January 22, 2021

by Emily Wicker 

“My husband died a month ago, so I don’t have health insurance and I can’t afford my medications.”

“My brother-in-law is visiting us from overseas. He had a stroke the week before he was supposed to travel back home. He doesn’t have health insurance and cannot afford his new medications.”

These were just two of the many conversations that I had with patients who were struggling to afford their medications during my Advanced Pharmacy Practice Experience at the Charitable Pharmacy of Central Ohio, an innovative charitable pharmacy serving the underserved in Columbus, Ohio.

The Need For Affordable Medications

In 2015 it was estimated that 15% of adults in Ohio could not afford their prescription drugs. Some patients may be uninsured or underinsured and unable to afford their medications. This can lead to hard decisions, such as the choice to pay for their medications, pay bills, or buy food. Other patients may try to stretch their medications by cutting them in half or only taking them when they feel like they need them. With increasing prescription drug costs and compounded job and insurance coverage losses due to COVID-19, the number of patients unable to afford their medications has undoubtedly increased.

Unfortunately, when patients cannot afford their medications and, therefore, do not take them as prescribed, the risk for serious health complications increases. For example, patients with type 2 diabetes who cannot afford their insulin will have uncontrolled blood sugar, which could ultimately lead to diabetic ketoacidosis or hyperosmolar hyperglycemic syndrome requiring hospitalization. Similarly, patients with chronic obstructive pulmonary disease, or COPD, who cannot afford their inhalers are more likely to experience acute exacerbations of their symptoms, decreasing their quality of life and increasing their need for hospitalization. These complications ultimately increase healthcare costs through emergency room visits and hospital stays, and contribute to increased morbidity and mortality. Charitable pharmacies are one way to bridge the cost gap for certain patients.

The Role of Charitable Pharmacies

Charitable pharmacies seek to address medication access needs by providing medications to their patients for free or at significantly reduced costs. While each program has its own qualifications for patients to receive assistance, many programs provide help to patients with limited income and who are uninsured or underinsured. Since charitable pharmacies operate on limited budgets based on donations and grant funding, they have limited medication formularies. However, by working with patients and their prescribers, pharmacists can work to provide patients with the best options the charitable pharmacy can provide for them. Studies have found that by helping patients access their medications, charitable pharmacies have reduced hospital visits and healthcare insecurity in their patients.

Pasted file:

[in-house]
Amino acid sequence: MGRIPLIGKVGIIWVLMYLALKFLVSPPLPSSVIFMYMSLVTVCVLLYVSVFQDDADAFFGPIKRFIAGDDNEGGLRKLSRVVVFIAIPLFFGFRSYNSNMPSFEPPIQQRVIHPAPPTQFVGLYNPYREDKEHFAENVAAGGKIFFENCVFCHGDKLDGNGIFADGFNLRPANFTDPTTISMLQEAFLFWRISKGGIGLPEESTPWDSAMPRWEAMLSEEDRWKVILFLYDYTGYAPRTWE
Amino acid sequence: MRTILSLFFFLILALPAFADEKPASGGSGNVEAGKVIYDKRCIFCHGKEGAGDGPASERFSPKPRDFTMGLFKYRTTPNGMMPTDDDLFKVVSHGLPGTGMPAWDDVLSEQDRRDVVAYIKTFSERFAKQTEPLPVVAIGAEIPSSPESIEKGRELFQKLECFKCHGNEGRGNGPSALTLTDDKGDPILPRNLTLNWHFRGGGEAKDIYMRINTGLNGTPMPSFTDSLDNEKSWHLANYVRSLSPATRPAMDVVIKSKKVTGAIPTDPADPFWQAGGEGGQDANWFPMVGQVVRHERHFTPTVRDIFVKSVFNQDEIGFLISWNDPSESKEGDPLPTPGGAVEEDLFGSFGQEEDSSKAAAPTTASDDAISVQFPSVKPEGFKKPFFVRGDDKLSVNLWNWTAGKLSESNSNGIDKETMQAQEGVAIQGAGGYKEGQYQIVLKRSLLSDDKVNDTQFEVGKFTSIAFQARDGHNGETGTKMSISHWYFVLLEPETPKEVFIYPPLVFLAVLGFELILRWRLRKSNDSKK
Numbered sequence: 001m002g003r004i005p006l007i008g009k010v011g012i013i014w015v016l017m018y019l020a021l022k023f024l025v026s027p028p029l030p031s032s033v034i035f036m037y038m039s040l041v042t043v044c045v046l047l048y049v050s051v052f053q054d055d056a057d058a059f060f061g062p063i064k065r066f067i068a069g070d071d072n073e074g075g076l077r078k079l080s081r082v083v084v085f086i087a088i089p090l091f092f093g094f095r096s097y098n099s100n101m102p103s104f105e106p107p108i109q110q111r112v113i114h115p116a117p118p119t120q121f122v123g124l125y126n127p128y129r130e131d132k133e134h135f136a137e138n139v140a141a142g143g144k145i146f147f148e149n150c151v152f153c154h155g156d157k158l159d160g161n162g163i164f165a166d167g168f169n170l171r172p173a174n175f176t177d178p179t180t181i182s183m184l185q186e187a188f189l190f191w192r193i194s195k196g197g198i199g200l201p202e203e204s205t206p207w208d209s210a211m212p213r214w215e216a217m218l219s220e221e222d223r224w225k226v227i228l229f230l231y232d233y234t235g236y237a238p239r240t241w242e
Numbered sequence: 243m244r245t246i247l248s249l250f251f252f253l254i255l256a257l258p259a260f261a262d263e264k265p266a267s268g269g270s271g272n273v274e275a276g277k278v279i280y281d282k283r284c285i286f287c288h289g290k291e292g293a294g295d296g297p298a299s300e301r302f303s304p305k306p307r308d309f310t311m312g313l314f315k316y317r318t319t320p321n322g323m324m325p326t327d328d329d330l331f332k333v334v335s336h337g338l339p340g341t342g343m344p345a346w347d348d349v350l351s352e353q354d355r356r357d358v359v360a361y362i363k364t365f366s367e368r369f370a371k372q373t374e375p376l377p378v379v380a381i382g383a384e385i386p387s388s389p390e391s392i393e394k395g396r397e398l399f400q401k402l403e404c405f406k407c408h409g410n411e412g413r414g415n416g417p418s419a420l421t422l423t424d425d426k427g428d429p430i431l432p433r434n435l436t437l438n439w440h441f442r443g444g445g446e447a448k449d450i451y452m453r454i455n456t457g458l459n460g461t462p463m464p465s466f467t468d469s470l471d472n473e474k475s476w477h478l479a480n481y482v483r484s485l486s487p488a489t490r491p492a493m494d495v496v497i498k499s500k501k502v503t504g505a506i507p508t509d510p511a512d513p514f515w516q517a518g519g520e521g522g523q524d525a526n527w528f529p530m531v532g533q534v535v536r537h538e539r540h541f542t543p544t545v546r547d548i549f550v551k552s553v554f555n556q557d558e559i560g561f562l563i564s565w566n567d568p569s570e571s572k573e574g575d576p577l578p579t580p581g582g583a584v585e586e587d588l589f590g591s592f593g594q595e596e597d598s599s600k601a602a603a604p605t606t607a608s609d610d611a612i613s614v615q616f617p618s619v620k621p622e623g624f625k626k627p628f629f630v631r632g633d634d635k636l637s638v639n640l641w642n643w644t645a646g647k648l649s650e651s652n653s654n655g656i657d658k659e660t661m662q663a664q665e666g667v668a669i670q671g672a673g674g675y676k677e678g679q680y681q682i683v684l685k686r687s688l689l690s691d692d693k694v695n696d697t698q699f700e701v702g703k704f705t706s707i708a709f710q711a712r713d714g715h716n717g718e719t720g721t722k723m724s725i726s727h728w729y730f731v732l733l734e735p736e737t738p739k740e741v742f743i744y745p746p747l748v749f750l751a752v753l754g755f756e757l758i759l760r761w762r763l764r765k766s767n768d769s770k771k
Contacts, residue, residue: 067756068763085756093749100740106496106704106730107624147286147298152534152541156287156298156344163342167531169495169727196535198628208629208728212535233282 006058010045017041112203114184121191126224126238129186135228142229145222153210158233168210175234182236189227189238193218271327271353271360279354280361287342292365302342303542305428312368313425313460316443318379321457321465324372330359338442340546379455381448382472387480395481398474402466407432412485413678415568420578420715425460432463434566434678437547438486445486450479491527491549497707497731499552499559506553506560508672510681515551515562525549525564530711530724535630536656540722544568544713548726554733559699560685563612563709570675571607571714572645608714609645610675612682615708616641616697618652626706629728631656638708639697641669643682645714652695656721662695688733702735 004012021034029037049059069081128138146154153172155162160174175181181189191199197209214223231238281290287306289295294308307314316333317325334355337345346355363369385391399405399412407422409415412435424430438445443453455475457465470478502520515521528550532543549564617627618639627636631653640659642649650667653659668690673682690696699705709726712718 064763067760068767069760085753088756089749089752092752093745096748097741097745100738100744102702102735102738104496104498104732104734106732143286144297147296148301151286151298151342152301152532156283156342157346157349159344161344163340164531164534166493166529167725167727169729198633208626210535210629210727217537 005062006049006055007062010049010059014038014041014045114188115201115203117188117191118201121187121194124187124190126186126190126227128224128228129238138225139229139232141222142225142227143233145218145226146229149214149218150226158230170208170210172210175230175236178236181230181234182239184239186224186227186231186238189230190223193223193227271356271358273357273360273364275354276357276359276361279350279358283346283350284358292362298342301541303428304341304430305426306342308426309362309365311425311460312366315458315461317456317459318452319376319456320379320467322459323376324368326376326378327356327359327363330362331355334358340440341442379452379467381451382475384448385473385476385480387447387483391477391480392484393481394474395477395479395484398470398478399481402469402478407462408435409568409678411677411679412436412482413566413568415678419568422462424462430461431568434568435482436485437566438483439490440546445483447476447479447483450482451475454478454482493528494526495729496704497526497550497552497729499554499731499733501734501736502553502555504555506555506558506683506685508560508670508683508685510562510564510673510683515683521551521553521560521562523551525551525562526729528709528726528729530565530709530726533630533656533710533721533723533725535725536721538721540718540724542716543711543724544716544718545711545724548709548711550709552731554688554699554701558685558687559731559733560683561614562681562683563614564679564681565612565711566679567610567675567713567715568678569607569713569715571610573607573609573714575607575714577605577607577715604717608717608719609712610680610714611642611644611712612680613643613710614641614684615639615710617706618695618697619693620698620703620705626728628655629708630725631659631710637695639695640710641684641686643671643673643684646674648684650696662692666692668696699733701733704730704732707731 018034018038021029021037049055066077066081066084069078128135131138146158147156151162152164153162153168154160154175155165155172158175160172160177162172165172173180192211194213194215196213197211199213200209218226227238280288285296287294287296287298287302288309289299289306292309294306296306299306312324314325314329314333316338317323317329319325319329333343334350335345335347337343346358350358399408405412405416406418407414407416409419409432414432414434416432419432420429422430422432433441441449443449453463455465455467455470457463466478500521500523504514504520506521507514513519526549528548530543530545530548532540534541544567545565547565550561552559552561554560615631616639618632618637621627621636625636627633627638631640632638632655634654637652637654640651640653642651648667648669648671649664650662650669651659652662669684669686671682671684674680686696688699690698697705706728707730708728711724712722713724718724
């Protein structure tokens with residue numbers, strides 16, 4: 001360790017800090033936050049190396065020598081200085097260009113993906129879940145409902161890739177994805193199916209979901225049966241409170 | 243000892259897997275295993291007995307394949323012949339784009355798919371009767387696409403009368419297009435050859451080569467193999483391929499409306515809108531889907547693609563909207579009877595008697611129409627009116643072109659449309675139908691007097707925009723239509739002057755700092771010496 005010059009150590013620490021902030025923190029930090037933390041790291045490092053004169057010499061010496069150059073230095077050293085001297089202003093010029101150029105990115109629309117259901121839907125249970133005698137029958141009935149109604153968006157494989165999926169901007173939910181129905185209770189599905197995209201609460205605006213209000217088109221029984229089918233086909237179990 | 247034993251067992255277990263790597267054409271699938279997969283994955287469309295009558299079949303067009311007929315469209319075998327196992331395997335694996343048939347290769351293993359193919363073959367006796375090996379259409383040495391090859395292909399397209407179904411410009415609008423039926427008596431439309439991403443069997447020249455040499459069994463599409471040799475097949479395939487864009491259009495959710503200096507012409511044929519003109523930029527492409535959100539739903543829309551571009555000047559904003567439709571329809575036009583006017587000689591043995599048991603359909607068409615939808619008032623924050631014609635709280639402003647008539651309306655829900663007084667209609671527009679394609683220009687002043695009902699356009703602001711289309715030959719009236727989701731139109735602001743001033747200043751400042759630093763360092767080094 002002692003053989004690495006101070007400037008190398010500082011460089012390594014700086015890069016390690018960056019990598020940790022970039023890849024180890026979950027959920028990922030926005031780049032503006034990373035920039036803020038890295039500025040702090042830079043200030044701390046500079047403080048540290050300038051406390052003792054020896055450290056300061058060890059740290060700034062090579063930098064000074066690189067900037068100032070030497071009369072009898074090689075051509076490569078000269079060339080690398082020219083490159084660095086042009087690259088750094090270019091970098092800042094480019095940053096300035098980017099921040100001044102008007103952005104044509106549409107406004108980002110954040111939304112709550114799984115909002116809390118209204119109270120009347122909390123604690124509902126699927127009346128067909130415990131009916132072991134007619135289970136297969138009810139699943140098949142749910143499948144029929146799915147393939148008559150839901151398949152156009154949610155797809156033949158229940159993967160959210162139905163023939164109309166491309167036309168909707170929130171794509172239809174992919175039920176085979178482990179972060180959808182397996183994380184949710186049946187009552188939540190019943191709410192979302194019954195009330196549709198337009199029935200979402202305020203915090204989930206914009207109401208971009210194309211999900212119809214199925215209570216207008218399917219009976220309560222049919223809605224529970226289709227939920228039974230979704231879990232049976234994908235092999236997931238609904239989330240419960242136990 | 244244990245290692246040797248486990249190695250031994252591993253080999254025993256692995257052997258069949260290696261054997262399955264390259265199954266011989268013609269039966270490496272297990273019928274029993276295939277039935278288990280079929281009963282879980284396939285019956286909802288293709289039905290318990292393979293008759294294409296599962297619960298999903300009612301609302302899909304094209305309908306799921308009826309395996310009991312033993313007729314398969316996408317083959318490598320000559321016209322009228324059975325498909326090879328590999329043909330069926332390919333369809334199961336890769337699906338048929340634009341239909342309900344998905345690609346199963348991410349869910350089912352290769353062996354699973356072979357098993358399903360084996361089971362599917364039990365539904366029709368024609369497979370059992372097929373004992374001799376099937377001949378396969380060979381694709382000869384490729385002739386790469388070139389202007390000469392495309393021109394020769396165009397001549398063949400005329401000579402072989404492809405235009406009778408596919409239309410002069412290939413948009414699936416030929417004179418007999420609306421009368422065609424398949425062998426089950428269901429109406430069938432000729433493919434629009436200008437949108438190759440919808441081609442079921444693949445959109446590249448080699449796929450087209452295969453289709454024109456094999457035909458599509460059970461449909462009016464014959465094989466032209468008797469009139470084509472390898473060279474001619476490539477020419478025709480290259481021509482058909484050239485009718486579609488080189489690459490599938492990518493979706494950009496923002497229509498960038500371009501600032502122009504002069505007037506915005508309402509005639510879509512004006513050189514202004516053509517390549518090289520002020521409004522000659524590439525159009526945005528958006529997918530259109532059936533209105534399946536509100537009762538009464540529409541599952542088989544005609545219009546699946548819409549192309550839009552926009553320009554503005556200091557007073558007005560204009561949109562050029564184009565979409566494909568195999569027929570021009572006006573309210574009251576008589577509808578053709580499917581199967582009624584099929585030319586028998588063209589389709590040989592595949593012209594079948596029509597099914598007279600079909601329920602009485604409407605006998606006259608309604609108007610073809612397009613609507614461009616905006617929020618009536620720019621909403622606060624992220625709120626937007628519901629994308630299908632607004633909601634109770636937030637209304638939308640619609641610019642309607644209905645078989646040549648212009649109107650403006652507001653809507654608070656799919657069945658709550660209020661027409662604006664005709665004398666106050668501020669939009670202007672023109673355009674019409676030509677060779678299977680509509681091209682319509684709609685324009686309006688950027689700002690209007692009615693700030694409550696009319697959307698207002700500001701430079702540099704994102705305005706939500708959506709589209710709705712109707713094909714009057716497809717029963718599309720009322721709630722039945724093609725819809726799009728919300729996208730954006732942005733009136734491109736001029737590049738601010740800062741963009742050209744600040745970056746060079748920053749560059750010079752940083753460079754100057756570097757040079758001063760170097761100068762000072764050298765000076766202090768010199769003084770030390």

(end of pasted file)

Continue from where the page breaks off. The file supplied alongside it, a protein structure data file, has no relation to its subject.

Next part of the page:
Innovation Through Charity, Creativity, and Collaboration

However, charitable pharmacies can do far more than simply providing patients with medications. The Charitable Pharmacy of Central Ohio has found many innovative ways to holistically meet the needs of their patients. By measuring a patient’s blood pressure and blood sugar at each visit and recording it in an electronic health record, pharmacists are able to not only provide patients with their medications but monitor how effectively those medications are working. This allows for great conversations with the patients about their adherence, symptoms, and health goals, while also providing the pharmacist with the opportunity to discuss the patient’s needs with their doctors.

Unfortunately, when patients cannot afford their medications and, therefore, do not take them as prescribed, the risk for serious health complications increases.
Beyond medication therapy, many underserved patients have food or housing insecurity, that can negatively impact their health. For patients with diabetes and high blood pressure, their diet is another important part of their healthcare and disease management. However, many of the diet recommendations for patients are not only difficult but also too costly. To help combat food insecurity, the Charitable Pharmacy of Central Ohio has created “Farmacy in the City” a program to help connect patients with high blood pressure to resources for fresh produce, cooking classes, and meal planning ideas. In addition, a second pharmacy location will be opening in the spring of 2021 alongside a fresh food market. Together these initiatives help to provide patients with the resources they need to make and meet their health goals.

In addition, the Charitable Pharmacy of Central Ohio invests in preparing future pharmacists to implement similar solutions through residency training. The pharmacy residents gain skills and confidence as pharmacists while assisting with research and quality improvement projects that advance the pharmacy’s services. This year, Janessa Cohrs, a Cedarville University School of Pharmacy alumna, is one of the pharmacy residents at the Charitable Pharmacy of Central Ohio and has worked to develop curbside flu vaccine services and is researching the barriers to vaccinations in underserved patients.

By identifying the community and individual patient needs and finding creative solutions, charitable pharmacies innovatively serve the underserved holistically.

Emily Wicker is a current pharmacy student in the Cedarville University Doctor of Pharmacy Program. Emily completed her Bachelor of Sciences in Pharmaceutical Science at Cedarville and has worked as a Research Assistant for the Pharmacy Practice Department. Her professional interests include Ambulatory Care, Pediatrics, Internal Medicine, and Academia.

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